By Cloudine Matola
Government says it has not made progress in terms of retooling industry but will now focus on providing companies with funding to boost raw material procurement, a government official has said.
Industry requires US$500 million to retool and rehabilitate machinery.
Zimbabwe is facing challenges accessing foreign currency owing to a protracted economic crisis.
Industry and Commerce minister Nqobizitha Mangaliso Ndlovu on Monday told businessdigest on the sidelines of a breakfast meeting held in conjunction with Alpha Media Holdings (AMH) in Harare that the government was now prioritising assisting industry access capital.
He said optical allocation of foreign currency was the key to industry’s survival.
This comes as government availed ZW$30 million through the Industrial Development Corporation of Zimbabwe (IDCZ) as working capital for the industry.
“Currently government availed ZW$30 million through IDCZ but predominantly this will go towards working capital. We need to find balance where exporters are able to offload their foreign currency to local manufacturers or other critical stakeholders for productive use, which is why we have the interbank market which is continuously being fine-tuned, that is where the foreign currency is accessed,” said Ndlovu.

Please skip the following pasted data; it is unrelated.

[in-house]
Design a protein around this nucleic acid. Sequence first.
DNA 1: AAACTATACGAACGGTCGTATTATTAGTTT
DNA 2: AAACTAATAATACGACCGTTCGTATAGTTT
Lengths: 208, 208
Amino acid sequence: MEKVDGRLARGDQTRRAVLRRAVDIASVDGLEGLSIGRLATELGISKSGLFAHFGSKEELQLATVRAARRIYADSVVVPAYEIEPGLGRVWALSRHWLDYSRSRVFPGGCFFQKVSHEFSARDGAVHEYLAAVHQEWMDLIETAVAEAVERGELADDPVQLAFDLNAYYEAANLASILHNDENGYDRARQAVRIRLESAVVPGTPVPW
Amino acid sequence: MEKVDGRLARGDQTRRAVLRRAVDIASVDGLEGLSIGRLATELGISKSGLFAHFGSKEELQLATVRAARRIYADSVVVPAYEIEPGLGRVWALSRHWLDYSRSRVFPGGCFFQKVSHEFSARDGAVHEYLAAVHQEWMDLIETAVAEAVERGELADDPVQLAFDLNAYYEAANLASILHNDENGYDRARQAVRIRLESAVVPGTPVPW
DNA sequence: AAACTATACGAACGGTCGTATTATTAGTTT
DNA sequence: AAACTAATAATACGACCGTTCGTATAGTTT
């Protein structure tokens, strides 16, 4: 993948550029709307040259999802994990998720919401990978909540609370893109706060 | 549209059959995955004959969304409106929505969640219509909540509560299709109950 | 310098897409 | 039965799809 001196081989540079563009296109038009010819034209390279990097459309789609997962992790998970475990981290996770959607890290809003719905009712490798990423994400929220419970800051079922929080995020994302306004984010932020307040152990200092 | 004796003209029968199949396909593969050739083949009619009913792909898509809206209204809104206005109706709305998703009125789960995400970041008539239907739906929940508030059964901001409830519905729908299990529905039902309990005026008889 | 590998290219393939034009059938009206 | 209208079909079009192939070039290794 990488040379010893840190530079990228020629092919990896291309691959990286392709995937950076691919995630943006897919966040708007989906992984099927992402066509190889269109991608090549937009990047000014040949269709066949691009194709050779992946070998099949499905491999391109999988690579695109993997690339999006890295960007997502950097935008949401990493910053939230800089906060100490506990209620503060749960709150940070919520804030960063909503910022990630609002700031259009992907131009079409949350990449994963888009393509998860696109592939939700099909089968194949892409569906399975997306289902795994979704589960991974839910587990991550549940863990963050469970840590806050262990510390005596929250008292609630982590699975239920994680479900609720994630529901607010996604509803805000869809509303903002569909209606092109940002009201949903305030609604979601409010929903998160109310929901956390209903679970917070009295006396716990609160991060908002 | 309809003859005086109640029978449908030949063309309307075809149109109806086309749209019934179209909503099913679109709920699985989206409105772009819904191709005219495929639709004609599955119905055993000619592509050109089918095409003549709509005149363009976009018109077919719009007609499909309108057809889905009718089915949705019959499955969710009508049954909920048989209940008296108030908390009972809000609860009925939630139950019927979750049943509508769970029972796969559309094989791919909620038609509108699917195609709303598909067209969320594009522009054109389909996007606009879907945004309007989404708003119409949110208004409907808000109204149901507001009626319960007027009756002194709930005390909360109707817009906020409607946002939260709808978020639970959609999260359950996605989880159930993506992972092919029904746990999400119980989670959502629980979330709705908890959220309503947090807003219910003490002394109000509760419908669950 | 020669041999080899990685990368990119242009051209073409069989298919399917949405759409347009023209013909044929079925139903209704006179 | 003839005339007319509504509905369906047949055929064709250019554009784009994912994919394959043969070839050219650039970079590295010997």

“Foreign currency, I have always said we do not have a crisis of foreign currency generation. We have enough but it is a crisis of foreign currency allocation. Optimal allocation or access of the foreign currency is what needs to be continuously looked into because that money belongs to exporting companies mostly over and above remittance and other sources but the bulk of it is from exporters.”
He said inflation has been the major driver of low production in the country.
Zimbabwe’s year-on-year inflation for June 2019 rose from 97,85% in May to 175,66% in June.
“Inflation is the major driver of low production currently because demand is low and it’s a collective effort that is needed.
“Business has to review prices downwards and government has no business pressing prices down. That should be done by the business sector,” Ndlovu said.
“The driver in the few months was the exchange rate issue, the multi-currency system, which is why as government we intervened and we now have mono-currency regime. So we continuously review policies to respond to challenges that are emerging but currently we have to focus on production. With more production, generally unit cost goes down and we expect prices to go down.”